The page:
A gaps between firm’s actual and stated outcomes

A cashless society particularly benefits the poor as it
enhances financial inclusion, where individuals can consistently pay bills
without the use of a bank account. Consumers in developing countries are
financially marginalised as there’s a lack of affordable and adequate financial
services available to allow the poorest in society to access banking systems.
Digital services and mobile systems have made financial services more
accessible enhancing our banking systems and it will automatically help reduce
poverty in areas that do not fall in a banking network. In Somalia, 51 of out
every 100 have a mobile phone subscription (Rowley 2016). The country’s banking
system has nearly dissolved therefore Hormuud Telecommunication Company have
developed a money transfer system have allowed Somalians to up to $3000 a day
in the country, as for many citizens holding cash would them vulnerable. But in
the developing economy many heavily rely on cash as becoming cashless can crush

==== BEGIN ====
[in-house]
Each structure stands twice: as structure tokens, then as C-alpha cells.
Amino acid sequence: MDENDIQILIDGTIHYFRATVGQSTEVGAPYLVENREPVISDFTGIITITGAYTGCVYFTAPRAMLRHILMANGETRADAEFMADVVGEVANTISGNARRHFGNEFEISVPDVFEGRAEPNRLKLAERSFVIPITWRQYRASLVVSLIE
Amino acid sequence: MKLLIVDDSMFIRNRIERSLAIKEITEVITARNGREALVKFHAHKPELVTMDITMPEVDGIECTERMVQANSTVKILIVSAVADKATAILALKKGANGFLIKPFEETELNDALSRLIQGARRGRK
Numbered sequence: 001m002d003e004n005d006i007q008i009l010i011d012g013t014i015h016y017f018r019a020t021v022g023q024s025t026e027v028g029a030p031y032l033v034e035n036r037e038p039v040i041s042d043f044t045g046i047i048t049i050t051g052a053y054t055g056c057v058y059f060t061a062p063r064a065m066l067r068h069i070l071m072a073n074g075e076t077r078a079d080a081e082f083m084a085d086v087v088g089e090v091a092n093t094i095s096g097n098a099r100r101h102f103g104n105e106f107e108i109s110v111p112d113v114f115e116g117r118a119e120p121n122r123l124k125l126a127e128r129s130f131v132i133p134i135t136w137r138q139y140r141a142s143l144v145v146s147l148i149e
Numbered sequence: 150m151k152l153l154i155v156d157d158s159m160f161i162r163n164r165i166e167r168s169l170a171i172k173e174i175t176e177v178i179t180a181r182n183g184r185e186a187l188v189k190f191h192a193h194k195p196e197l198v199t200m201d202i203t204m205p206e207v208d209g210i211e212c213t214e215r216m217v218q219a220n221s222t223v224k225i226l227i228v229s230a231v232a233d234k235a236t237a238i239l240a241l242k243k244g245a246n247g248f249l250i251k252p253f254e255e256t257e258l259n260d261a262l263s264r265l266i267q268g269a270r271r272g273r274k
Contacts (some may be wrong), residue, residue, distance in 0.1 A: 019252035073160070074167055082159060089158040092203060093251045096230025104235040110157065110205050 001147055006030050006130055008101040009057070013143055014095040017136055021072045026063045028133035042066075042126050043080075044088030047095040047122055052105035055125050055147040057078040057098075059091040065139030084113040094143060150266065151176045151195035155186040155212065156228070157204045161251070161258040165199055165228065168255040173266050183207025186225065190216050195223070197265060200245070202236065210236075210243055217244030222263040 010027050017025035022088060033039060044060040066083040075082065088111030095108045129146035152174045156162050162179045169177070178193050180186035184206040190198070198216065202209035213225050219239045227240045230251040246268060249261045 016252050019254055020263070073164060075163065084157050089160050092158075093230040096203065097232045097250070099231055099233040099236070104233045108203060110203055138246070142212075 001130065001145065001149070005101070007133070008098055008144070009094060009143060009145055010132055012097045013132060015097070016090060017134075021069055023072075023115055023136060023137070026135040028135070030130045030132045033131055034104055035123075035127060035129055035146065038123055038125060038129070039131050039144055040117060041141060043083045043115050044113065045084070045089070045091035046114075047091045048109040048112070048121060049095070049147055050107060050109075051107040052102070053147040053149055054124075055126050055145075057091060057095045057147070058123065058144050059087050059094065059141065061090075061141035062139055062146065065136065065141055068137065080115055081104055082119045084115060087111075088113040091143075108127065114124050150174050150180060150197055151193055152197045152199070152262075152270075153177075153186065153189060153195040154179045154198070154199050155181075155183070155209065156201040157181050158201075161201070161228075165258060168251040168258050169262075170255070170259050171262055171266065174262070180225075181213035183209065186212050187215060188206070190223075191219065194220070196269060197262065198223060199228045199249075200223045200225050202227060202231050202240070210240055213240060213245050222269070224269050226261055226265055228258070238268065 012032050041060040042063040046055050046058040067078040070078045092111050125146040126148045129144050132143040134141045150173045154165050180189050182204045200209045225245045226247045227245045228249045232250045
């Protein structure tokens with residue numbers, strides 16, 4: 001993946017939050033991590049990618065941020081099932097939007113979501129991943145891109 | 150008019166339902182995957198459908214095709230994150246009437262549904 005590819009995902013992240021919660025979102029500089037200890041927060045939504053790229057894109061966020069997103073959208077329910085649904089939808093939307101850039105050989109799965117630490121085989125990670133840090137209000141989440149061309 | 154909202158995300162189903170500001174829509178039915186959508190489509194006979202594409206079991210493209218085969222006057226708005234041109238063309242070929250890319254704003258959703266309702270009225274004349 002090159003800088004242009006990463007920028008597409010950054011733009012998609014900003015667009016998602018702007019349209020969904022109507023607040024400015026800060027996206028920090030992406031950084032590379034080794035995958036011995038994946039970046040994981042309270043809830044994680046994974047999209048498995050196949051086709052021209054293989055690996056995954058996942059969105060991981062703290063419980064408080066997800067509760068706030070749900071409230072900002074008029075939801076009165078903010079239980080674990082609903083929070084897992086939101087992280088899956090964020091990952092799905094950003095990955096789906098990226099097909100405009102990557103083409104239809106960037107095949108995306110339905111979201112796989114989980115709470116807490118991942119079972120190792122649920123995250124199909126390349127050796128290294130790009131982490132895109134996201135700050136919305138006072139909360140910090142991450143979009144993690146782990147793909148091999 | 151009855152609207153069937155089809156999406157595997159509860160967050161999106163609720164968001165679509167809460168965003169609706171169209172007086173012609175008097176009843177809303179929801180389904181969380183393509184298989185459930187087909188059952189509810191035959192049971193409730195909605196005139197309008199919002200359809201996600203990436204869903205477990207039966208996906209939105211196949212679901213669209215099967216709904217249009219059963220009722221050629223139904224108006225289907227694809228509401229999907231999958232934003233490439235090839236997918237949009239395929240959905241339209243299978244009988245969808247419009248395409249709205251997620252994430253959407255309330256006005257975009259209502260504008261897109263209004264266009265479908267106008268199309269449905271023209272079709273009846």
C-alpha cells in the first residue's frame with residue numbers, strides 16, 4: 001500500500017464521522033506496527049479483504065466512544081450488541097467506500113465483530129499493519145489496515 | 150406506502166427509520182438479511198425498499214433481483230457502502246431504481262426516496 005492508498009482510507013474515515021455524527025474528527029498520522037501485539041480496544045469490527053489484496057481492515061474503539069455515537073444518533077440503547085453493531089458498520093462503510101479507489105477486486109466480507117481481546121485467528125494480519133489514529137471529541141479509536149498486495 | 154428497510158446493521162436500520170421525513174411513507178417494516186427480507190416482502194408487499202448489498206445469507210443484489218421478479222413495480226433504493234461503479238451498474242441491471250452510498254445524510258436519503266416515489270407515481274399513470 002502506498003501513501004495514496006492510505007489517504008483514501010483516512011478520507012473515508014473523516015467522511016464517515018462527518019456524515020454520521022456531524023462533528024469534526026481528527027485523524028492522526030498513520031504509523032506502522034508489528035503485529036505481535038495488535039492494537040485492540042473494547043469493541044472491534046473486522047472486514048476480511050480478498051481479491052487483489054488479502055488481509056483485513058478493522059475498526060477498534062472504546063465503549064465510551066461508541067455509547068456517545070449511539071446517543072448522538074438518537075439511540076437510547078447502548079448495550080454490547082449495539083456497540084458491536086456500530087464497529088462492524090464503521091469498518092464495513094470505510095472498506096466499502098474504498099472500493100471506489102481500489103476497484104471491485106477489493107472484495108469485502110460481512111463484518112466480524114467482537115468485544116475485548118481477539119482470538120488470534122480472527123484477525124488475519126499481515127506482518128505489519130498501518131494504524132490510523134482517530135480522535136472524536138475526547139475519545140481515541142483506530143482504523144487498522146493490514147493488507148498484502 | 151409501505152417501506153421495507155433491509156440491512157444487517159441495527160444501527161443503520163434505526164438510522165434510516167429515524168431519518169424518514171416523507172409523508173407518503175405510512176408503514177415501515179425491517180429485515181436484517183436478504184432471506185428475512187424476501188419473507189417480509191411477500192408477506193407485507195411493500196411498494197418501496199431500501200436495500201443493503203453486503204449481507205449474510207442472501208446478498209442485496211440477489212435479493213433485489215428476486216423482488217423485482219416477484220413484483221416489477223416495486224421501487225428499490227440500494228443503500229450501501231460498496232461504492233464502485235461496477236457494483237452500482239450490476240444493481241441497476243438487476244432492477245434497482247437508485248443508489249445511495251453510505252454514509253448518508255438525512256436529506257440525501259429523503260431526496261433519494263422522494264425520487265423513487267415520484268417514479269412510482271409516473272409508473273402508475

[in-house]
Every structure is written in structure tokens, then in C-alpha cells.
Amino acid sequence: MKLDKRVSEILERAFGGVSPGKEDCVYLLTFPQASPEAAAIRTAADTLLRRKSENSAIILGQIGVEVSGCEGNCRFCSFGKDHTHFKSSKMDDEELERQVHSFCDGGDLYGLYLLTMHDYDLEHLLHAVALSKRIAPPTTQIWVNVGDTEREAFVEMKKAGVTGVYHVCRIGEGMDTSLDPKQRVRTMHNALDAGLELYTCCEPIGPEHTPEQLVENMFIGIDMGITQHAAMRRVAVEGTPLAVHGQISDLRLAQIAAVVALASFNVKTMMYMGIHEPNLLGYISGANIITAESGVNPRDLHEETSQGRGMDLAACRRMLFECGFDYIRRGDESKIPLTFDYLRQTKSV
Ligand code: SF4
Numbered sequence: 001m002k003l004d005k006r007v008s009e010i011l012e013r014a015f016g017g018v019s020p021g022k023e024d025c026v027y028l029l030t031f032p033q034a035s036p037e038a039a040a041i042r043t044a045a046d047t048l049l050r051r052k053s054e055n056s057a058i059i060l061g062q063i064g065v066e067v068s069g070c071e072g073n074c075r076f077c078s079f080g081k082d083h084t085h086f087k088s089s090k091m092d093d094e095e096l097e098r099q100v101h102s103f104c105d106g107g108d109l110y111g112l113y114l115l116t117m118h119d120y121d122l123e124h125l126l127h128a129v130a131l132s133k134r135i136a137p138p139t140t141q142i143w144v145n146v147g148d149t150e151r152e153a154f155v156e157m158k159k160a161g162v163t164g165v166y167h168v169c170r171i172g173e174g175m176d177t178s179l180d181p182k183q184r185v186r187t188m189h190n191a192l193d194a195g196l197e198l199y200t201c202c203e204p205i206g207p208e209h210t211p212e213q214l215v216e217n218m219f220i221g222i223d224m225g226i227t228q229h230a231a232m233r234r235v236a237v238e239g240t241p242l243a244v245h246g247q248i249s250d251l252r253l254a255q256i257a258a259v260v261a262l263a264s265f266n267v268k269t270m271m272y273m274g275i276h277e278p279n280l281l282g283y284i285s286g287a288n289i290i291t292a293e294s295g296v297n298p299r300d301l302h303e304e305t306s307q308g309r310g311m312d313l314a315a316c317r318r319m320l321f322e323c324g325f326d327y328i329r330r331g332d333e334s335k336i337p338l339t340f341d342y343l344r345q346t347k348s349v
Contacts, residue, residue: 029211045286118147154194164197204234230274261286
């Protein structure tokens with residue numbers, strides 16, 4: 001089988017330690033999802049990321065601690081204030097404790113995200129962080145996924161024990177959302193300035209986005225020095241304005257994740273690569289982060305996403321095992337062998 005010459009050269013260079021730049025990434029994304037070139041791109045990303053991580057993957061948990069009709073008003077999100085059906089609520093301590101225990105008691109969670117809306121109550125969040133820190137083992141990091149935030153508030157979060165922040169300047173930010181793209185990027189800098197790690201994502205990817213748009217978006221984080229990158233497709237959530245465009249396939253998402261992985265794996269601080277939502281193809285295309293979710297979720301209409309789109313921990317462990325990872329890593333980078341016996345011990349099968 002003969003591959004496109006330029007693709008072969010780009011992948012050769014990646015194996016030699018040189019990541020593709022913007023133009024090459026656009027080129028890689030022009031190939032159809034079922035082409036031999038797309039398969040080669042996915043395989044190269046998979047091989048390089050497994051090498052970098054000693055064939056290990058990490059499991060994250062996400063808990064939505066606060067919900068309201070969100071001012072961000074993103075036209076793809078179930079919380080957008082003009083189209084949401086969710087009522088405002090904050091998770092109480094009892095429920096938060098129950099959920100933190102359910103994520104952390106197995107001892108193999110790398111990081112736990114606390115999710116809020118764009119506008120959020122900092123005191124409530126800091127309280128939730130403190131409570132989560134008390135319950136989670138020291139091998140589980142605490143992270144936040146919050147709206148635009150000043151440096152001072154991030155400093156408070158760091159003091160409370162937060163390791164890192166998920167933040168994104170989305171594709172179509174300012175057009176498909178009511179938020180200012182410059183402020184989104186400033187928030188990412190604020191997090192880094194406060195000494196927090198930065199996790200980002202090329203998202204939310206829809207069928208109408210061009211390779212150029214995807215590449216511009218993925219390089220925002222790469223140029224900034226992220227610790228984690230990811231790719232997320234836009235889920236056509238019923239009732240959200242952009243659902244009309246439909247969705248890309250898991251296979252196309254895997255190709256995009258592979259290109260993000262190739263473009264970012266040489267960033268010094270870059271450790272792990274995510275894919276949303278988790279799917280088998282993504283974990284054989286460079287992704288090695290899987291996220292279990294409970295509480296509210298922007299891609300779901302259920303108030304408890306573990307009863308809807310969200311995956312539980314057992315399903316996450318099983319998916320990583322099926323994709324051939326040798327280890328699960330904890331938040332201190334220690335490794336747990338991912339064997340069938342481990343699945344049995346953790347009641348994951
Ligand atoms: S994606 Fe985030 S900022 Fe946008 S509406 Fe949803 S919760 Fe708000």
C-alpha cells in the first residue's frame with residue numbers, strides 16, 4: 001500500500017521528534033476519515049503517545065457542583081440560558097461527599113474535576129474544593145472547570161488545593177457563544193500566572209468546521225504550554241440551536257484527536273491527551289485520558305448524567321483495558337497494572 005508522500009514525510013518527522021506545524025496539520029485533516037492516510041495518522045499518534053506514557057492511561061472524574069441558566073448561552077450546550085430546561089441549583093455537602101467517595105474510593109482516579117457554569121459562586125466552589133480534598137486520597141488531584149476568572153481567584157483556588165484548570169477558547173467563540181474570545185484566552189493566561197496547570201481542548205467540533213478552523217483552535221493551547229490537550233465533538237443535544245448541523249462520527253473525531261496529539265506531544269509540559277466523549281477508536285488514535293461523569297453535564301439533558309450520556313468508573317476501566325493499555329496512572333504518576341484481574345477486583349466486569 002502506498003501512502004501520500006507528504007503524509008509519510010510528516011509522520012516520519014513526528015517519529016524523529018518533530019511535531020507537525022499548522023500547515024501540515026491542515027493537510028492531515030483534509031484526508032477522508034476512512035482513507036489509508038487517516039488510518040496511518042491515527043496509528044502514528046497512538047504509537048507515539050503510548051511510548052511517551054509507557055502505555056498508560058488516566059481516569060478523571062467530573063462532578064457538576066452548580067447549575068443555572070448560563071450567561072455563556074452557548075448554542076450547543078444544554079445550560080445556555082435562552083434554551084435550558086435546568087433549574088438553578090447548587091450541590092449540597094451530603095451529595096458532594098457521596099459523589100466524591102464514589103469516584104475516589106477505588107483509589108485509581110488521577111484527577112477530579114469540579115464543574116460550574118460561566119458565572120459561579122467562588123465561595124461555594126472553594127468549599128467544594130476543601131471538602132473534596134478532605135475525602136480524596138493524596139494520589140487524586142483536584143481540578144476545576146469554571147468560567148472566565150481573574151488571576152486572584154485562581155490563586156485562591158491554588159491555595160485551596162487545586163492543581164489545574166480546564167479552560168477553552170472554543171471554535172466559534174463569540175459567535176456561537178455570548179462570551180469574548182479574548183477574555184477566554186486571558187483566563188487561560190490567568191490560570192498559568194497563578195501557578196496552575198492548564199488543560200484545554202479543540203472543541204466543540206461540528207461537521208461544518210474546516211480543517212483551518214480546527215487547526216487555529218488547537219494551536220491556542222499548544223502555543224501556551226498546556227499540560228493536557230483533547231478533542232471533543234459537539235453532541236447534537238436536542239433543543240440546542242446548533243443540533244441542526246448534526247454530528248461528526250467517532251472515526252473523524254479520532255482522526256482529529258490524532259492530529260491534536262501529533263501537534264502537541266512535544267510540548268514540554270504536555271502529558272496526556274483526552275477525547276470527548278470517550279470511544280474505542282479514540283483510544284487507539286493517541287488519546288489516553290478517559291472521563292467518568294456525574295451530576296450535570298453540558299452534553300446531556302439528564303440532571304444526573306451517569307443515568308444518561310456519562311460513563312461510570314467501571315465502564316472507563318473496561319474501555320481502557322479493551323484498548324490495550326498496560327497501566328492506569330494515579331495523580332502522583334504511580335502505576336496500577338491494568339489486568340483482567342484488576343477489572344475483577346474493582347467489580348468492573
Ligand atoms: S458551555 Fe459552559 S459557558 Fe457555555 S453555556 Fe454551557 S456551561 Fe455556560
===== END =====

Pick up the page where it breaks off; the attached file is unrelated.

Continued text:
the costs and risks of holding cash, for instance, in the event of a natural
disasters can obliterate a large quantity of cash holdings. (Singletary 2012).

From a government viewpoint there are numerous benefit. The
government can impose full transparency in transaction which will decrease gaps
between firm’s actual and stated outcomes and incomes. Accounting systems will
become more accurate as transaction histories and figures are maintained with a
complete record of activity. It has been claimed that tax evasion strips up to
70% of a countries tax income (Farrell 2016) and cash is a severe implication
when evading tax. Going cashless increases money trails and digital footprints
creating difficulty when hiding money as it is easier to locate and catch tax
evaders, increasing tax revenue gained by the government. With a possibility of
tax revenue increase this could also offset a fall in income tax or national
debt being reduced. Calls for the eradication of cash have strengthened by
substantial evidence that high-value paper notes increase the scope and have
been prevalent in other illegal or fraudulent activities such as money
laundering, black money or undeclaring assets. The former chief of Standard
Chartered Peter Sands, claimed criminals move more than £1.4tn around the world
each year (Farrell, 2016).